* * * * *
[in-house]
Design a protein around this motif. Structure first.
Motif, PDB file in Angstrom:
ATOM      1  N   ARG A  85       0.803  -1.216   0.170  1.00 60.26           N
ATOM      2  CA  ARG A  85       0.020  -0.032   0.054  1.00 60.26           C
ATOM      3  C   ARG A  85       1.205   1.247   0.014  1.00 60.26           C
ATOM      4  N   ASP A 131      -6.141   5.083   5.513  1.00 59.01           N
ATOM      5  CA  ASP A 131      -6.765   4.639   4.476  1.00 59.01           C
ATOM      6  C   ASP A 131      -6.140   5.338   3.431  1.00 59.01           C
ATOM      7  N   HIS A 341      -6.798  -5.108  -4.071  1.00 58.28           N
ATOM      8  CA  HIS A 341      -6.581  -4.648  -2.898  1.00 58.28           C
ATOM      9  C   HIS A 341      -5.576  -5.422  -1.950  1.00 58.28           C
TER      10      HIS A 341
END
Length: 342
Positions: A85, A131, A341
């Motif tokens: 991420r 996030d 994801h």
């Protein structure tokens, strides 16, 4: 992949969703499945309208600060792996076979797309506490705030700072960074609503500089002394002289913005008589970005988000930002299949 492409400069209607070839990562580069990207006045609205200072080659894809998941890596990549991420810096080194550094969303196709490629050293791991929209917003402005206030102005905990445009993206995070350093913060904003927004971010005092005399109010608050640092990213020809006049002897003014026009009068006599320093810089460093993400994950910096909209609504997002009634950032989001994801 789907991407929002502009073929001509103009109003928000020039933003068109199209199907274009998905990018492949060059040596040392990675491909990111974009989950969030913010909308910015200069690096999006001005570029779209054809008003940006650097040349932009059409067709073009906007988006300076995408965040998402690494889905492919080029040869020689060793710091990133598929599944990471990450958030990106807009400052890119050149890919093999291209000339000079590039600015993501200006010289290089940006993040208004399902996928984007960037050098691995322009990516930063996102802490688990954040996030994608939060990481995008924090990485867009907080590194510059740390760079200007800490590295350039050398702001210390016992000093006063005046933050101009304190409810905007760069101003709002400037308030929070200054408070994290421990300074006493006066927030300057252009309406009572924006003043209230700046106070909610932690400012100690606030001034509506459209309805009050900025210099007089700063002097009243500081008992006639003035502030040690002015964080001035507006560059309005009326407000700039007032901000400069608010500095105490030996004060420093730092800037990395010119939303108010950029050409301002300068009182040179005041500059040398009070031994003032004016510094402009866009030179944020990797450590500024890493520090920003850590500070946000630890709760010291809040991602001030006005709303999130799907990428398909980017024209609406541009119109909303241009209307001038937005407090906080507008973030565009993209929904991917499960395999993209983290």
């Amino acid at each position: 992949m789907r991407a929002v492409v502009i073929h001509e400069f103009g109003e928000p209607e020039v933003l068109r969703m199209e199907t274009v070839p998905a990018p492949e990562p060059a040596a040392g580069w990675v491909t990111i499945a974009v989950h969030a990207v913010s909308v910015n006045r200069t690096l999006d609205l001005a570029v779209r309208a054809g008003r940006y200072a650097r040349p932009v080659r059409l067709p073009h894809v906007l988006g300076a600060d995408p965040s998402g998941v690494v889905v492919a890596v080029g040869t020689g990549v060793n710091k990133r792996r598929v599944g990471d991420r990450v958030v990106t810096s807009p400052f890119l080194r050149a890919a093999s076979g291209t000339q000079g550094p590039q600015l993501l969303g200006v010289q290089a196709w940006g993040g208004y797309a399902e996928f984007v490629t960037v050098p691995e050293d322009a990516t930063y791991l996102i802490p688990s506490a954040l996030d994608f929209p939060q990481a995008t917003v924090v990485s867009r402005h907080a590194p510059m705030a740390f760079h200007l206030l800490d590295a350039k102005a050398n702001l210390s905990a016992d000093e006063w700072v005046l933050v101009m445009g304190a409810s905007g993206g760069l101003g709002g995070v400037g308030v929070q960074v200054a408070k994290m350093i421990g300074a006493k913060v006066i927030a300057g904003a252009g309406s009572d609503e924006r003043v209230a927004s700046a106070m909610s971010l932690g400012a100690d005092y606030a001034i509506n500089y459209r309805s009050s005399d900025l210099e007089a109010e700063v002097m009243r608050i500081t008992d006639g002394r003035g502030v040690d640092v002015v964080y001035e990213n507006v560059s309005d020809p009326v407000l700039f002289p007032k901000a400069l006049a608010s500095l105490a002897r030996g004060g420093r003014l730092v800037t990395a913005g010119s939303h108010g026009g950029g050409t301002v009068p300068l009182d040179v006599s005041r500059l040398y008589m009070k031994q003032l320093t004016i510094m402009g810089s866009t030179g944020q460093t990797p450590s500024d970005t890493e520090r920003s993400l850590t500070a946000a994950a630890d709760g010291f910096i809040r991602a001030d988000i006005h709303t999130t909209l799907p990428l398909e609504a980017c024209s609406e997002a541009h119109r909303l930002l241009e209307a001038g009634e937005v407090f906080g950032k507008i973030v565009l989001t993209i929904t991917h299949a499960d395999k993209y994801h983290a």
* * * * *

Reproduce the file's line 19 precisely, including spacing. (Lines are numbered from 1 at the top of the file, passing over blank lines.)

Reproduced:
């Amino acid at each position: 992949m789907r991407a929002v492409v502009i073929h001509e400069f103009g109003e928000p209607e020039v933003l068109r969703m199209e199907t274009v070839p998905a990018p492949e990562p060059a040596a040392g580069w990675v491909t990111i499945a974009v989950h969030a990207v913010s909308v910015n006045r200069t690096l999006d609205l001005a570029v779209r309208a054809g008003r940006y200072a650097r040349p932009v080659r059409l067709p073009h894809v906007l988006g300076a600060d995408p965040s998402g998941v690494v889905v492919a890596v080029g040869t020689g990549v060793n710091k990133r792996r598929v599944g990471d991420r990450v958030v990106t810096s807009p400052f890119l080194r050149a890919a093999s076979g291209t000339q000079g550094p590039q600015l993501l969303g200006v010289q290089a196709w940006g993040g208004y797309a399902e996928f984007v490629t960037v050098p691995e050293d322009a990516t930063y791991l996102i802490p688990s506490a954040l996030d994608f929209p939060q990481a995008t917003v924090v990485s867009r402005h907080a590194p510059m705030a740390f760079h200007l206030l800490d590295a350039k102005a050398n702001l210390s905990a016992d000093e006063w700072v005046l933050v101009m445009g304190a409810s905007g993206g760069l101003g709002g995070v400037g308030v929070q960074v200054a408070k994290m350093i421990g300074a006493k913060v006066i927030a300057g904003a252009g309406s009572d609503e924006r003043v209230a927004s700046a106070m909610s971010l932690g400012a100690d005092y606030a001034i509506n500089y459209r309805s009050s005399d900025l210099e007089a109010e700063v002097m009243r608050i500081t008992d006639g002394r003035g502030v040690d640092v002015v964080y001035e990213n507006v560059s309005d020809p009326v407000l700039f002289p007032k901000a400069l006049a608010s500095l105490a002897r030996g004060g420093r003014l730092v800037t990395a913005g010119s939303h108010g026009g950029g050409t301002v009068p300068l009182d040179v006599s005041r500059l040398y008589m009070k031994q003032l320093t004016i510094m402009g810089s866009t030179g944020q460093t990797p450590s500024d970005t890493e520090r920003s993400l850590t500070a946000a994950a630890d709760g010291f910096i809040r991602a001030d988000i006005h709303t999130t909209l799907p990428l398909e609504a980017c024209s609406e997002a541009h119109r909303l930002l241009e209307a001038g009634e937005v407090f906080g950032k507008i973030v565009l989001t993209i929904t991917h299949a499960d395999k993209y994801h983290a």